Continuous data are presented as median values (range) unless otherwise specified. Categorical data are presented as frequencies or percentages. For the comparison of categorical variables, the chi-square or Fisher exact test was used. A p-value of 5% or lower was considered statistically significant. Statistical analysis was performed using SPSS software version 14.0.2 for Windows (SPSS, Chicago, IL, USA).
In total 16 patients (M/F?=?9:7) with median age 64?years (range 19?78?years) were included (Table?1). Thirteen patients had undergone surgery for rectal cancer and three for therapy-resistant ulcerative colitis. Nine of the 13 patients who underwent colorectal resection for malignant disease received preoperative radiotherapy. Two patients had chemoradiation preoperatively. In 4 patients the procedure was performed laparoscopically and in 12 patients an open procedure was performed. The anastomosis was constructed at a median height of 5?cm (range 2?8?cm) from the anal verge. During the initial operation a defunctioning ileostomy was created in eight patients. In seven patients the diverting stoma was created after the discovery of the anastomotic leakage. In one patient a previously present diverting loop ileostomy was changed into an end ileostomy.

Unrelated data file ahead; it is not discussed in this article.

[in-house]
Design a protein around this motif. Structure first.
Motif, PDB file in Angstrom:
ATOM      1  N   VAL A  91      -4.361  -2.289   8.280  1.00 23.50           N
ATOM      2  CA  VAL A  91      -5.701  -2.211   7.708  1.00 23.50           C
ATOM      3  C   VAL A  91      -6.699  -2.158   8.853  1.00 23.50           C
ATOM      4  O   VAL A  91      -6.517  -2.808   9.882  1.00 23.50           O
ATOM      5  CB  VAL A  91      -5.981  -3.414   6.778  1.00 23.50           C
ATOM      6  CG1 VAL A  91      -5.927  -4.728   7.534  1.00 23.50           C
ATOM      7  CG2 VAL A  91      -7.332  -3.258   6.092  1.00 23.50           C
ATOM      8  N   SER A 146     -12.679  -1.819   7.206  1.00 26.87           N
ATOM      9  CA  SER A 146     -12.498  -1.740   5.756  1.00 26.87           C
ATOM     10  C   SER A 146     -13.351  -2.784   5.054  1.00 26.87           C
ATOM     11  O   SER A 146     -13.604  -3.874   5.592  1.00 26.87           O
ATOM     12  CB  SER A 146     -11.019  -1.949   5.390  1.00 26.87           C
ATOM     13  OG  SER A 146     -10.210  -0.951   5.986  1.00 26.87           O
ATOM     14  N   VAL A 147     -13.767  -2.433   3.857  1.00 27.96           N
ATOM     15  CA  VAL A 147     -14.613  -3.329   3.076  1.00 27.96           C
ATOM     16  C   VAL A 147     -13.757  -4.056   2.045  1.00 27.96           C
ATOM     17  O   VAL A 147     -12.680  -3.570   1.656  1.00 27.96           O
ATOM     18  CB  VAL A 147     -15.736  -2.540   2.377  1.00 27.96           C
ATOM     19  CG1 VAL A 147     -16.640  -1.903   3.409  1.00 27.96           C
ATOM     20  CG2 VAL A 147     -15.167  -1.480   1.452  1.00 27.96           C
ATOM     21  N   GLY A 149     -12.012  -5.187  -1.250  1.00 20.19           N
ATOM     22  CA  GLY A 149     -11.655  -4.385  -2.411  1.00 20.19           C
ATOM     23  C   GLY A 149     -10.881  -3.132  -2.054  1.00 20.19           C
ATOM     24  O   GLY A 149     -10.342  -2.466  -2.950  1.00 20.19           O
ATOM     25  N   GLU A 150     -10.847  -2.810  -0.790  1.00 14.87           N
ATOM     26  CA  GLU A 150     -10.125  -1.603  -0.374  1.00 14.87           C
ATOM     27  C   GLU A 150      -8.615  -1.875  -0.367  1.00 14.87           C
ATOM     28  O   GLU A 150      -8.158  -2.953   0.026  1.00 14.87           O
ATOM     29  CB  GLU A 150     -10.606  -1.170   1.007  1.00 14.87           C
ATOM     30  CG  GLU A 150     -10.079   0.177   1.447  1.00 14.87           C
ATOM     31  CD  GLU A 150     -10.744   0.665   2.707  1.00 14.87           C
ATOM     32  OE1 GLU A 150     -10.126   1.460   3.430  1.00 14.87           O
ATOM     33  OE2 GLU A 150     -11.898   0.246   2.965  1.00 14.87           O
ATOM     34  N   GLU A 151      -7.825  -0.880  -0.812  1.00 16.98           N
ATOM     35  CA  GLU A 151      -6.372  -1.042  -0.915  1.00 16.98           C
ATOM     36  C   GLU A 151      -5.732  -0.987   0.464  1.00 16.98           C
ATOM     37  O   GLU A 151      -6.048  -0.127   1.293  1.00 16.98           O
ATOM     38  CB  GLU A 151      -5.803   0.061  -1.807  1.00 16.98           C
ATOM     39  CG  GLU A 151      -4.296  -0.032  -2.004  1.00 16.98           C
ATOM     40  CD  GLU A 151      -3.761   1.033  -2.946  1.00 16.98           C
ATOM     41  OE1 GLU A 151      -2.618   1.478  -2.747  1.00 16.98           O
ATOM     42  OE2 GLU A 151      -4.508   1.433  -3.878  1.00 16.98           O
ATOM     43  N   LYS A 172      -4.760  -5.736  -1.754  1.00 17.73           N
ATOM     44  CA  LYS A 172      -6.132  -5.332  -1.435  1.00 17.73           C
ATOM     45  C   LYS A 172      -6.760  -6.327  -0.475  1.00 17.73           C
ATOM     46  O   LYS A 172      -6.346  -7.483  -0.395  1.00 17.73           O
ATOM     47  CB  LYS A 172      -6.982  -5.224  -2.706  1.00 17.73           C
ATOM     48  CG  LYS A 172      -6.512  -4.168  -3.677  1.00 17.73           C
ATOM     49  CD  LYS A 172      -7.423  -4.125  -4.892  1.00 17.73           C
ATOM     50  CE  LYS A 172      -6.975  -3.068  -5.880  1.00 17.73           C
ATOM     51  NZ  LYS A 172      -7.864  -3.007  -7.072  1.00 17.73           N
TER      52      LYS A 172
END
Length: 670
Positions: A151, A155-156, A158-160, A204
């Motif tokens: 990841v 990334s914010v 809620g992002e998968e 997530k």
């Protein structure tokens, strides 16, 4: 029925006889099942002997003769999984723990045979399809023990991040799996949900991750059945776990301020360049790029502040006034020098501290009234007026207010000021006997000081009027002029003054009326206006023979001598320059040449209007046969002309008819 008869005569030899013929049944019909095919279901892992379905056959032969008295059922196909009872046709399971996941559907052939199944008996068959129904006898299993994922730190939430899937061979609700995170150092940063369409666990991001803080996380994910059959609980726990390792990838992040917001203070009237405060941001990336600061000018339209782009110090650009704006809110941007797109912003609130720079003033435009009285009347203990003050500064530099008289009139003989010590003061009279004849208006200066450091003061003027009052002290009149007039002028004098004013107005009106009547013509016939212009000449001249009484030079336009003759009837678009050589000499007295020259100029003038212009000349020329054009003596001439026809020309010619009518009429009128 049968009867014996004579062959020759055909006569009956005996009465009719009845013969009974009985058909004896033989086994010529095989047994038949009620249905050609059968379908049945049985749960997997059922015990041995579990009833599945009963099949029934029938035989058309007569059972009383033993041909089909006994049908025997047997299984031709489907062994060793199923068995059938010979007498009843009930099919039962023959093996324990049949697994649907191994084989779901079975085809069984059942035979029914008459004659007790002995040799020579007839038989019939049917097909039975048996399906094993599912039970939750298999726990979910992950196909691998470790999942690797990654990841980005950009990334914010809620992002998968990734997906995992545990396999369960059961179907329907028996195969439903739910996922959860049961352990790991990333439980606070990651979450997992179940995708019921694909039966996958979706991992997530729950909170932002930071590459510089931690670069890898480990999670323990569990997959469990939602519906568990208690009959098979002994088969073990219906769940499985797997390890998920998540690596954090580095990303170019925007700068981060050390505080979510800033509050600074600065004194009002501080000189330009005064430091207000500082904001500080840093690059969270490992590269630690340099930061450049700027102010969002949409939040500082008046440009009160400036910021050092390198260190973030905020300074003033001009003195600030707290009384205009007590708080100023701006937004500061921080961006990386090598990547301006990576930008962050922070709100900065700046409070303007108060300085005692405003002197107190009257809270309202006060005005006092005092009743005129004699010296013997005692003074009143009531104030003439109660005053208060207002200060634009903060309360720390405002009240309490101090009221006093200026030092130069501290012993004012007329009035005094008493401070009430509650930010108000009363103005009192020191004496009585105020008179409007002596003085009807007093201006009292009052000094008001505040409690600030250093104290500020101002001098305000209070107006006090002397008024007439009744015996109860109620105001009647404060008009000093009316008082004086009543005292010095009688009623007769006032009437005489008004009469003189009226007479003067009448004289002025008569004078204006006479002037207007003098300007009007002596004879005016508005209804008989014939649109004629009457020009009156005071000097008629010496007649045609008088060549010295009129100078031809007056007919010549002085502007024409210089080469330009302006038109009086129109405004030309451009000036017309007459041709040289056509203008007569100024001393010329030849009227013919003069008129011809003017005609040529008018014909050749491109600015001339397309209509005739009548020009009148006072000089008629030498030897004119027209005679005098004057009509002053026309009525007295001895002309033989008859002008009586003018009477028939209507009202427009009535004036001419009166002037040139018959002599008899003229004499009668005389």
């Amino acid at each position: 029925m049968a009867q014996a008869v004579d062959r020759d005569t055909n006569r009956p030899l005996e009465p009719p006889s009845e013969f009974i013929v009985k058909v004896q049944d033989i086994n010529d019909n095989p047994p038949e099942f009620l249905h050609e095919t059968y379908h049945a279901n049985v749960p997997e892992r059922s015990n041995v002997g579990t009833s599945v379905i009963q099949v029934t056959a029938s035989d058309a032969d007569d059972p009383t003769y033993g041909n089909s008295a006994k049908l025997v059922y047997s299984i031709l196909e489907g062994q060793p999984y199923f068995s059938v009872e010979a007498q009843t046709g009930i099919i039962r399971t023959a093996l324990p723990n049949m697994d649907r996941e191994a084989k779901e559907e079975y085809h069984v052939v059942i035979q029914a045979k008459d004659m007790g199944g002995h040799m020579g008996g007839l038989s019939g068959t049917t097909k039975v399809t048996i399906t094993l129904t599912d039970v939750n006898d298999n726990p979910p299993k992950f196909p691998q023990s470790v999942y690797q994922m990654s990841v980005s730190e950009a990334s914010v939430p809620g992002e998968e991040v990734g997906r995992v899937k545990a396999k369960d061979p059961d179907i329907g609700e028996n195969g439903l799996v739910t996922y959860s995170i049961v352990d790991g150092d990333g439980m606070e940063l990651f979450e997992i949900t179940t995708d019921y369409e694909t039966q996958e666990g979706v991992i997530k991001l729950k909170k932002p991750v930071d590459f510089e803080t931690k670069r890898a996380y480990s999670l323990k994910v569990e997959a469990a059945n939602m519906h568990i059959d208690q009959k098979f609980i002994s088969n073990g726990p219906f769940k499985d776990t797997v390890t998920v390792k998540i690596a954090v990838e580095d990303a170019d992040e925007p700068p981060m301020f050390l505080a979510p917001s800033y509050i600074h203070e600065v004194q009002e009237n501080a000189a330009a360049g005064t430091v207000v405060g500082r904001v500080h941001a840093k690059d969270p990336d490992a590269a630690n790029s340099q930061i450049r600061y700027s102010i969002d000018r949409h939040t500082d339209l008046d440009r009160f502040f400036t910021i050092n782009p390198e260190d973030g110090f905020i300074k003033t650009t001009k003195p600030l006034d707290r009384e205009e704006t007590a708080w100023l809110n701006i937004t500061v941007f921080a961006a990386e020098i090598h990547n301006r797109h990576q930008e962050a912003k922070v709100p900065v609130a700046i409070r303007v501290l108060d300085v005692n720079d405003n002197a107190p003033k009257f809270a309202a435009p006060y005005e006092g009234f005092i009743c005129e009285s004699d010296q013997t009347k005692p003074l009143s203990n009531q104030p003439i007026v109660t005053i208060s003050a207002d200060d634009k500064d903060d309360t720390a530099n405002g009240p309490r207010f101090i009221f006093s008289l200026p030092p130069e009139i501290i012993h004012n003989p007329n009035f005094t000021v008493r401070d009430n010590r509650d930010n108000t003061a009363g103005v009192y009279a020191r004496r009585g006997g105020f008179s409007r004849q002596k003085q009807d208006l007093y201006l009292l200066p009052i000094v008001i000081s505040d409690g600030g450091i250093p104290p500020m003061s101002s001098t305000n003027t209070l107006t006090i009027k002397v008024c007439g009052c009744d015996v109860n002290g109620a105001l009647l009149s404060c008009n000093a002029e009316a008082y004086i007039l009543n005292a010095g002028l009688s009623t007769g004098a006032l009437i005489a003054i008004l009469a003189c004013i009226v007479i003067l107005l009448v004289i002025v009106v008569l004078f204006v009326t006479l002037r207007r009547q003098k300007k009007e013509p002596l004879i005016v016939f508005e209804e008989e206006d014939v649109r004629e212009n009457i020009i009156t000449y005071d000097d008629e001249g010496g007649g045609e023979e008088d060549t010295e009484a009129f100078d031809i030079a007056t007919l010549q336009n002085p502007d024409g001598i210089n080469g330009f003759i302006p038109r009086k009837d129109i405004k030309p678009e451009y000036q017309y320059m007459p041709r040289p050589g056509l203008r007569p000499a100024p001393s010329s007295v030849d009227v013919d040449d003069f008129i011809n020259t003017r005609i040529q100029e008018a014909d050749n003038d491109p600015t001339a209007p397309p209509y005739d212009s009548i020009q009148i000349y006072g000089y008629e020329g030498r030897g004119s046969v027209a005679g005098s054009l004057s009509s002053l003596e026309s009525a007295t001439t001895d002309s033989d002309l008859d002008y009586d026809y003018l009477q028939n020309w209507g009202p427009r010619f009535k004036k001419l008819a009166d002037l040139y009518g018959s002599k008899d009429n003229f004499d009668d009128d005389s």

Postoperatively, anastomotic leakage was diagnosed by CT scan in 15 patients. In one patient the leakage was discovered by flexible endoscopy. None of the patients had generalized peritonitis during the use of the endo-sponge. After endoscopic confirmation of the abscess cavity the endo-sponge was placed. The median duration between the initial surgery and the discovery of the leakage was 11?days (range 3?150?days). Of the 16 patients, 8 patients started with the endo-sponge treatment within 6?weeks after the initial surgery. In these patients the endo-sponge was placed after a median of 24?days (range 13?39?days) following surgery (Table?2). In the remaining eight patients the endo-sponge treatment was started later than 6?weeks after the initial surgery. In this group there was a median of 74?days (range 43?1,602?days) between surgery and the start of the endo-sponge placement. Experience in the different hospitals ranged from one to five patients in the study period. The median number of sponges initially placed ranged from one to three. In six patients the endo-sponge was placed under general anaesthesia. In three patients replacements were performed under a light sedative (5?mg midazolam). The remaining seven patients underwent sponge placement without any anaesthesia. Definitive resolution of the sinus was achieved in the total group in 9 out of 16 patients (56%). Closure was achieved in a median of 40 (range 28?90) days with a median amount of 13 sponge replacements (range 8?17). There was closure in six out of eight patients (75%) in the group that started with the endo-sponge treatment within 6?weeks of surgery compared with three out of eight patients (38%) in the group that started later (p?=?0.315). In the malignant group in six patients (46%) the endo-sponge treatment was successful compared with three out of three patients in the benign group (p?=?0.213).